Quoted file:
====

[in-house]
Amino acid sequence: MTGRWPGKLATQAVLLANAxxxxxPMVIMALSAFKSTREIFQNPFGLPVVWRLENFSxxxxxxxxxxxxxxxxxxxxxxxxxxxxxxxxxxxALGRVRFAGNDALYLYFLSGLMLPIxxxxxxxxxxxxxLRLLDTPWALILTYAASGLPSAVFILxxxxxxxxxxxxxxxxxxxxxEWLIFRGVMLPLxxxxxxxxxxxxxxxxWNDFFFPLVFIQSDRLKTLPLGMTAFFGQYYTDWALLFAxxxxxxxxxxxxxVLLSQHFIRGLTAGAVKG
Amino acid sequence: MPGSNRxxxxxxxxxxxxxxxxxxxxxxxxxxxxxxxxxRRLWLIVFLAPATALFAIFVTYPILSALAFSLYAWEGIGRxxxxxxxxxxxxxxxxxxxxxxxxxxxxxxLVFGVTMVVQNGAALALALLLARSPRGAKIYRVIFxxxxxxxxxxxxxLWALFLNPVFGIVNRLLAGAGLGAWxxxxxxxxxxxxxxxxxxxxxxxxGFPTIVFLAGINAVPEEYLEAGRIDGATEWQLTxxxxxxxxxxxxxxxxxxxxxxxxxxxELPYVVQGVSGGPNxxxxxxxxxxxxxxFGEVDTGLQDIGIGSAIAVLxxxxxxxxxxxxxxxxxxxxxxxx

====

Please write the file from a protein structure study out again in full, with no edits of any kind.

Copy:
[in-house]
Amino acid sequence: MTGRWPGKLATQAVLLANAxxxxxPMVIMALSAFKSTREIFQNPFGLPVVWRLENFSxxxxxxxxxxxxxxxxxxxxxxxxxxxxxxxxxxxALGRVRFAGNDALYLYFLSGLMLPIxxxxxxxxxxxxxLRLLDTPWALILTYAASGLPSAVFILxxxxxxxxxxxxxxxxxxxxxEWLIFRGVMLPLxxxxxxxxxxxxxxxxWNDFFFPLVFIQSDRLKTLPLGMTAFFGQYYTDWALLFAxxxxxxxxxxxxxVLLSQHFIRGLTAGAVKG
Amino acid sequence: MPGSNRxxxxxxxxxxxxxxxxxxxxxxxxxxxxxxxxxRRLWLIVFLAPATALFAIFVTYPILSALAFSLYAWEGIGRxxxxxxxxxxxxxxxxxxxxxxxxxxxxxxLVFGVTMVVQNGAALALALLLARSPRGAKIYRVIFxxxxxxxxxxxxxLWALFLNPVFGIVNRLLAGAGLGAWxxxxxxxxxxxxxxxxxxxxxxxxGFPTIVFLAGINAVPEEYLEAGRIDGATEWQLTxxxxxxxxxxxxxxxxxxxxxxxxxxxELPYVVQGVSGGPNxxxxxxxxxxxxxxFGEVDTGLQDIGIGSAIAVLxxxxxxxxxxxxxxxxxxxxxxxx